We don’t drop pebbles in a bowl of water every Sunday thinking such an act will literally do anything. People we remember as we drop the stones into water will not be happier or healthier as a result. Instead, WE are happier and emotionally healthier. A dropped pebble represents the concern or joy we hold. And, as we each practice that ritual, we are bound together in our thoughts for others.
As my message title today implies, rituals can be uplifting and fun much like my Slagle family dance. Our First Sundays service, what we do today, is something very new but one I hope will also become a ritual – one Sunday a month when we let our hair down and are less traditional. These services symbolically say that worship can be fun and that we are open to change. This family we call the Gathering at Northern Hills, we ritually practice each Sunday shared beliefs in the dignity, diversity and equality of all. But on First Sundays, we just do that in a way that is, I hope, slightly more relaxed and fun – even for those who plug their ears whenever the band rocks and rolls!
Experts assert that fun family and community rituals are vital to our well-being. For children especially, family rituals are practices they not only can enjoy, but which implicitly convey to them identity, unity and universal values. It may be an old adage, but the one that says: “a family that eats together, stays together” is often true. Indeed, dining together is the number one family ritual child psychologists suggest. A routine meal that is eaten quickly and with the TV on, can be transformed into one that is instead an enjoyable ritual. That’s done by making family meals fun and a priority – by cooking together, recounting what everyone did that day, sharing inside jokes, trying new foods – and never making meals a time to rebuke or discipline. Some families allow each child to pick the dinner food on a particular day of the week – for instance Taco Tuesdays, Waffle Wednesdays or, maybe for some kids, Spinach Sundays (probably not!)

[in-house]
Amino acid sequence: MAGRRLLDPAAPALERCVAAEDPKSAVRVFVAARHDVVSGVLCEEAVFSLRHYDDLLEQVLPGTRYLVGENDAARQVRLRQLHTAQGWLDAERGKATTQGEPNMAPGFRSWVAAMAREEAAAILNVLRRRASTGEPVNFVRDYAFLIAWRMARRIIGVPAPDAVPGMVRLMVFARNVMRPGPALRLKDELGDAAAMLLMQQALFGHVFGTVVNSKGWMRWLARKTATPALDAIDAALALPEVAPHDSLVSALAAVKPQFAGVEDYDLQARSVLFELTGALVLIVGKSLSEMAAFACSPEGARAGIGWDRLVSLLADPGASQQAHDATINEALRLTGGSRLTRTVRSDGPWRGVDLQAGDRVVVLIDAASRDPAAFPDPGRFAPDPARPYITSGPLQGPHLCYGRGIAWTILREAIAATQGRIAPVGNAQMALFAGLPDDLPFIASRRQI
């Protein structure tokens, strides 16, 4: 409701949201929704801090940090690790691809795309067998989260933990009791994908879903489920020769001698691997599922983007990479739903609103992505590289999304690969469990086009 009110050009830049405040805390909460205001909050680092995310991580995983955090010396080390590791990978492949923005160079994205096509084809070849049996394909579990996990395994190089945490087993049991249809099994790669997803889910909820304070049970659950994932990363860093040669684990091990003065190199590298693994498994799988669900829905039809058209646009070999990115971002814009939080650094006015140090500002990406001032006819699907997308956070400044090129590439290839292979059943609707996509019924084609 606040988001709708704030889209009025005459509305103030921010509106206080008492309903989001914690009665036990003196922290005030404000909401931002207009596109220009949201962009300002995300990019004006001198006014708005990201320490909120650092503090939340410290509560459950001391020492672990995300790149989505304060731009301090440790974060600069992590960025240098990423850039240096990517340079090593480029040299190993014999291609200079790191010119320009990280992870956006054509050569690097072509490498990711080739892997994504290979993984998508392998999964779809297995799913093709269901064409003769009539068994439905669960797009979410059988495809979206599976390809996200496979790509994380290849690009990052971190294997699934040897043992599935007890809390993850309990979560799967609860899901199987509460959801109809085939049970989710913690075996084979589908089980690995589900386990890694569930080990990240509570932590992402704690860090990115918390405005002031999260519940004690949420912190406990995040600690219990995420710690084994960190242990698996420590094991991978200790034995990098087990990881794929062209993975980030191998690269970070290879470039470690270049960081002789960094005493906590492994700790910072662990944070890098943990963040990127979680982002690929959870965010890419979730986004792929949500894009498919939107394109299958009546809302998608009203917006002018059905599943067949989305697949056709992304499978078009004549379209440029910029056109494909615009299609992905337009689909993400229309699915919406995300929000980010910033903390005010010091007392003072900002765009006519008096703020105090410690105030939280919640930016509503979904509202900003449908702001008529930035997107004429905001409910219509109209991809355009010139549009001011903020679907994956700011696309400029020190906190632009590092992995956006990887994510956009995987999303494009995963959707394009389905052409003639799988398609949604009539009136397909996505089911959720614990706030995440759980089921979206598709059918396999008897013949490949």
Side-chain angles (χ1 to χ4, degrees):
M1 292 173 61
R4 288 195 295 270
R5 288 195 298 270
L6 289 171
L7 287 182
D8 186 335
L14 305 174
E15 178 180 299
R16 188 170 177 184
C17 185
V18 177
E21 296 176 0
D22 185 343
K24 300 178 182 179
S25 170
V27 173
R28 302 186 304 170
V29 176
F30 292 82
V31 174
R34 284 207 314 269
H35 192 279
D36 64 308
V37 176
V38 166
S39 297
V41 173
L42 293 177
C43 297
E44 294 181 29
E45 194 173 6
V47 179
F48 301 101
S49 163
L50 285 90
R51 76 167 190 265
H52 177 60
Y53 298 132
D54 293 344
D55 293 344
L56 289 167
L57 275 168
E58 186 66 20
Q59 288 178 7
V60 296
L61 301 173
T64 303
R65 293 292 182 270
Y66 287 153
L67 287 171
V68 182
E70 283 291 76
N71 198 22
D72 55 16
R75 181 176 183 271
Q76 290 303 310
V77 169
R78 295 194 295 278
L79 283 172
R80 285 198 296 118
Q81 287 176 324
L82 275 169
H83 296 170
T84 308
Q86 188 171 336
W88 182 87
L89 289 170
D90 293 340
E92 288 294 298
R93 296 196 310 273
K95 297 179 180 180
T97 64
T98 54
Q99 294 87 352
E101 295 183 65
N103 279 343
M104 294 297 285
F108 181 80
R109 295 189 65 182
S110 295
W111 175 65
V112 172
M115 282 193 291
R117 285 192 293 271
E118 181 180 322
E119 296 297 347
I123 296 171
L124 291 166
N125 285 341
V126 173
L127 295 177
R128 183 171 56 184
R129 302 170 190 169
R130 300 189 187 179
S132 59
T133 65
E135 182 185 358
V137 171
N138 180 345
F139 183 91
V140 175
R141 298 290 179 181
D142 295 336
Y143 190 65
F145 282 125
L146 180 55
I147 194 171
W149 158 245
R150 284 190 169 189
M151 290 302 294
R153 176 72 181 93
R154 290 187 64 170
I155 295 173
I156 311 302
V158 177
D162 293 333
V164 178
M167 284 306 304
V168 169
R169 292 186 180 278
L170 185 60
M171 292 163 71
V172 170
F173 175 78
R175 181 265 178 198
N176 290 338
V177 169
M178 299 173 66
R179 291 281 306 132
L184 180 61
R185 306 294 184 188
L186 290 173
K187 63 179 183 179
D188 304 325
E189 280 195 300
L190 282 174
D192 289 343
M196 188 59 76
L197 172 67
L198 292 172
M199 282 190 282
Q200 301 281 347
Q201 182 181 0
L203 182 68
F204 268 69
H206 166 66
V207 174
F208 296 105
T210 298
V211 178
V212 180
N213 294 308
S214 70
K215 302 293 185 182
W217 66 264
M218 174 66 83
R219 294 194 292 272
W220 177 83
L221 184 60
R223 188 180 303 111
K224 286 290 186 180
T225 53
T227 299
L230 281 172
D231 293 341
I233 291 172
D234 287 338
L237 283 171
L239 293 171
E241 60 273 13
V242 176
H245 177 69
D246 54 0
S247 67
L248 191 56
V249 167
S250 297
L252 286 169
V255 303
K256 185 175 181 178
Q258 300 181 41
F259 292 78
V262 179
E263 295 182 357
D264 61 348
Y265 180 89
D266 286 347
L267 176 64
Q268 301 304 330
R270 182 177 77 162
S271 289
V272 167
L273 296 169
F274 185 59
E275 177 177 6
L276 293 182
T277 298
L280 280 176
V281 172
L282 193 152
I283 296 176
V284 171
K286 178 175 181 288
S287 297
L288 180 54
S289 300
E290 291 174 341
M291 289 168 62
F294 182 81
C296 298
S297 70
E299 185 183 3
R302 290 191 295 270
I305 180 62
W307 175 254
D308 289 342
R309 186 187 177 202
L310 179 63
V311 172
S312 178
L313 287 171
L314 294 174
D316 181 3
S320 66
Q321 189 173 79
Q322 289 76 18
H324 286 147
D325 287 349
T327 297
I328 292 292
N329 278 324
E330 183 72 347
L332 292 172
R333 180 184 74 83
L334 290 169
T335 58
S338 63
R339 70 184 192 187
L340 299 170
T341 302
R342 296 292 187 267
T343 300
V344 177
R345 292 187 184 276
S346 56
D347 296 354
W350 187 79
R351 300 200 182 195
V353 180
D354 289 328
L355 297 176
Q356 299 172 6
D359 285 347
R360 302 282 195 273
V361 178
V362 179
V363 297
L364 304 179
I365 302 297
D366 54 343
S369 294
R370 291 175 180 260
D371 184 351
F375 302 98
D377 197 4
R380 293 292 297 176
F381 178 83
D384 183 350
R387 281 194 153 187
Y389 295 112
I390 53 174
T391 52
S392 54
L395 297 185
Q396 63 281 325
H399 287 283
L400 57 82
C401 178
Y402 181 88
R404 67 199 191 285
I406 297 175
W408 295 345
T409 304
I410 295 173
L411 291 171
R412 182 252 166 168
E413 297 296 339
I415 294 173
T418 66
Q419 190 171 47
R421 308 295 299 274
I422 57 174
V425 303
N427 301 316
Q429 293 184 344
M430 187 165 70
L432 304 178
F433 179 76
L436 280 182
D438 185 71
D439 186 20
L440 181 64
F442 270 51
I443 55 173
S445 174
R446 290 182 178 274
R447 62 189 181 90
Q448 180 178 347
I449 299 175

We practice dining rituals here too. We are a spiritual family after all. The food we eat and the new people we meet every Sunday after the service, at our potlucks, on Souper Sundays, at the annual Auction, at our annual Holiday party, at Pub Nights, or at next Saturday’s Passover Seder meal, these are not routine, practical events. They hold a spiritual significance. They are rituals that define us.
We don’t just say we are a beloved community. We show it. It’s why I say that what happens in the Quimby room after every service is far more important than what happens in here during a service. It’s why I hope we will continue to strongly support and attend our social meals and events. In this Sanctuary, you listen to me blah, blah, blah while you catch up on your sleep. During social times, you get to enjoy yourselves! We may not think them to be rituals, but they are. Indeed, most of you say that it is the sense of community here, above all else, that brings you back.
Breaking bread together, whether at family meals or congregation social events, are rituals that do define us. But experts say there are other fun rituals to practice. Things we regularly do to celebrate holidays are examples. My former wife, continuing practices begun by her parents when she was a child, continued them with our girls. Every Christmas Eve the family reads the book The Night Before Christmas with each person reading a few lines until everyone says together the last lines – “Merry Christmas to all and to all a good night!” Christmas morning is then begun by everyone opening their stockings filled with inexpensive gifts. Bigger presents are later opened one person at a time – so that both the giver and the receiver share the spotlight. When many family members are together, this process can take a very long time. But these are rituals practiced without question and are greatly enjoyed. They define who that family is.